Modernizing Jordan’s Political System: The Unspoken Motivations

By Sufian Obeidat, 29 July
Flag of Jordan at Petra (photo credit: 123rf)
Flag of Jordan at Petra (photo credit: 123rf)

Jordan’s King Abdullah II has ordered the formation of a Royal Committee to Modernize the Political System. The mandate of this appointed 92-member body includes drafting election and political parties laws and considering constitutional amendments connected to these laws. Nevertheless, it is unlikely that this tactical push will result in any fundamental changes to the current political system, and there remain other more salient issues that truly warrant modernization - writes Sufian Obeidat.

On 10 June 2021, King Abdullah II ordered the formation of an appointed body, the Royal Committee to Modernize the Political System. The Jordanian Constitution provides for a parliamentary system of government with a hereditary monarchy headed by the King who is immune from any liability and accountability. The King bears on executive power through a cabinet he appoints, and which is collectively accountable to an elected parliament. In practice, the King exercises government powers in a manner whereby the checks and balances in place within the constitutional framework are sidestepped.

As previously analyzed on ConstitutionNet, in 2016 King Abdullah II formalized his dominant powers by ordering constitutional amendments that granted him the sole power, without any countersignature by the prime minister, to appoint the Speaker and members of the Senate, Chairman and members of the Constitutional Court, the Chief Justice, the commander of the army, and the heads of Intelligence and the Gendarmerie.

Thus, constitutionally and realistically, the parliamentary monarchy was converted into a presidential monarchy where the King controls the army and security bodies, which have the lion’s share of the state’s budget, appoints the cabinet, and orders parliamentary elections at his whim.

With the absence of genuinely policy-based political parties within the fabric of the political system and with the security, military and the extensive staff in the royal palace reporting only to him, the King disabled the constitutional system of government to introduce a unique one reduced to two levels: that of the authority, embodied in the King with his tools of government, and that of the public.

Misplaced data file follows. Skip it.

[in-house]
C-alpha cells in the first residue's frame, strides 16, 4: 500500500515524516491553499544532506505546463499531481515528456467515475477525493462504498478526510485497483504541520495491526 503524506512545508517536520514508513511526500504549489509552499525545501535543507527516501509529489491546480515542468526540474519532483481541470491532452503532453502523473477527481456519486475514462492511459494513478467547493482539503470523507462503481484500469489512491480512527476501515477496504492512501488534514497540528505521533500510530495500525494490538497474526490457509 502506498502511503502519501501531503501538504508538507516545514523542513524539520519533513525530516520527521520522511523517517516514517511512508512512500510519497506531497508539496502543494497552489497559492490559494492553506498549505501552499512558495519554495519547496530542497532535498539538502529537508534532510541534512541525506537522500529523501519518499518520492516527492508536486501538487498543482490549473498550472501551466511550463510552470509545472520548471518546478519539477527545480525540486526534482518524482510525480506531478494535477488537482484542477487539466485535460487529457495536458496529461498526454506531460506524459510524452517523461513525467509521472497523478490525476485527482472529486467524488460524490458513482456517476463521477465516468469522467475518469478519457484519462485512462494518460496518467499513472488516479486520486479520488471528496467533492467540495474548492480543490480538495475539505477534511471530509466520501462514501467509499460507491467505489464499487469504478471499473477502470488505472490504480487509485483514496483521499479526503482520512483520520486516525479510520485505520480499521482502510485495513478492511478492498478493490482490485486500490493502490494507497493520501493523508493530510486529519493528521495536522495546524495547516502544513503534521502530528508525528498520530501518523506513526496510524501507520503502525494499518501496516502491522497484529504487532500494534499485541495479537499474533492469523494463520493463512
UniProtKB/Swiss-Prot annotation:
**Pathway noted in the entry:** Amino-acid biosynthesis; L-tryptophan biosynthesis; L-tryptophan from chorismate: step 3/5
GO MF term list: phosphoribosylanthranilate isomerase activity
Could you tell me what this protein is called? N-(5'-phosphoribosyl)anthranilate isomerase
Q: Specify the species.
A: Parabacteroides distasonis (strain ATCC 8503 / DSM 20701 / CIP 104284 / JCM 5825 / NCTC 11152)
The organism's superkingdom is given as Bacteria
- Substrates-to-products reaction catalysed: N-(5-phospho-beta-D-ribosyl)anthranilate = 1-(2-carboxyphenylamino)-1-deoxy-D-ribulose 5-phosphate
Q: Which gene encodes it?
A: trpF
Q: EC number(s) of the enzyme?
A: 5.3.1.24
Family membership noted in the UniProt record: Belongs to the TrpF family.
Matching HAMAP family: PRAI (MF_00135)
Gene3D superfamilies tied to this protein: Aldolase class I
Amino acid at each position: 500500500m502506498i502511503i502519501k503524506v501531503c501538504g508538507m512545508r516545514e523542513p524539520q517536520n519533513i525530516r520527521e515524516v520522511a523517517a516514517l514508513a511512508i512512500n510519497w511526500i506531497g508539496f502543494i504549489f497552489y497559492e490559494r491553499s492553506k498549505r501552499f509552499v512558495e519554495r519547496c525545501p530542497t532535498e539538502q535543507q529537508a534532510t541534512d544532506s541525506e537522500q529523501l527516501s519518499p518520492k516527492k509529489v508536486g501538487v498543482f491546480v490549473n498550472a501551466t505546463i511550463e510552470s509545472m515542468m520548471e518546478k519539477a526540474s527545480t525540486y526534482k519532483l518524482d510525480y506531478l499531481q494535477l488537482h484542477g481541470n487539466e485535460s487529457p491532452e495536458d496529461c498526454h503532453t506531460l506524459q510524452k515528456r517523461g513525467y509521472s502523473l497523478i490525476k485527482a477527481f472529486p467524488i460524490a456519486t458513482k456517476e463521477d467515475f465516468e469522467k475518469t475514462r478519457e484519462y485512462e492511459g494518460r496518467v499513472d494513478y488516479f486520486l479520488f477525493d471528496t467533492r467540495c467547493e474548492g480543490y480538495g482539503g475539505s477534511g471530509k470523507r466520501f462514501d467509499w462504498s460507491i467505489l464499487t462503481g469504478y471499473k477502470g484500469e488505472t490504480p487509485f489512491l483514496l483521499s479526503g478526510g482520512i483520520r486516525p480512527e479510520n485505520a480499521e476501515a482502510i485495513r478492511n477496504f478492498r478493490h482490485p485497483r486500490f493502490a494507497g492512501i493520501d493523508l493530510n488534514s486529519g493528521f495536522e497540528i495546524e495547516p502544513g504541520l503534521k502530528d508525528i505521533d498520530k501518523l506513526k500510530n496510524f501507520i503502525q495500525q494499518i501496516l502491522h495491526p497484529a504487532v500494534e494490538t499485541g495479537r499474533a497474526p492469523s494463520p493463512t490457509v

This is the fourth time that the royal palace has formed a committee for political reform in thirty years.

This authority runs all the external and internal affairs of the country, deciding policy, including foreign policy, conducting high-level military and intelligence cooperation with allies in the region and overseas, and controlling all aspects of local administration. For all practical purposes, the King seems to be the only political player in the country, and the political system appears to operate without politicians.

Against this backdrop, the Royal Committee’s mandate is to draft electoral and political parties laws by November 2021, which will then be presented to the government and voted on by parliament. This is the fourth time that the royal palace has formed a committee for political reform in thirty years. While those committees existed in different contexts with diverse players of different legacies, the products of the first three committees – including recommendations, reports, and proposed laws – were shelved. Likewise, it is unlikely that this new, tactical push will result in any fundamental changes to the current political system.   

History of constitutional reform committees

Following popular outrage in 1989, the late King Hussein decided to reinstate parliamentary elections after a halt of more than twenty years. The Royal Commission for Drafting the National Charter was formed in 1990 to draft guidelines for political parties’ activities. The Commission was chaired by a former head of intelligence and prime minister; it comprised 60 members representing all political groups in Jordan. The charter was produced and adopted in 1991 at a national conference in the presence of King Hussein and 2,000 Jordanians who attended by invitation.

King Abdullah II succeeded his father in 1999, and in 2005 he formed the Steering Committee for the National Agenda. This time, the aim of the committee was to draw up guidelines for policy-making in the coming 10 years. The chair of the Committee was the first Jordanian ambassador to Israel. The 26 members of the committee included a former prime minister, ministers, senators, members of parliament, activists, academics and businesspersons. The Committee formed subcommittees for various subjects and presented its wide-ranging recommendations after nine months, but these were never implemented.

Amidst the so-called Arab Spring in Jordan, and under public pressure for political reform, King Abdullah II in 2011 ordered his cabinet to form the National Dialogue Committee. The Committee was tasked with proposing new electoral and political parties laws. The Speaker of the Senate, and a former prime minister, chaired the committee. The 52 committee members were selected in an attempt to represent all political groups and orientations in the country. During the life of the committee, 16 members resigned in protest at a reported crackdown by security forces against activists in one of the capital’s public squares. The Committee was given three months, which was permeated by a few withdrawals, to deliver its recommendations. The Committee’s recommendations for a new election law were never implemented.    

Modernizing the political system?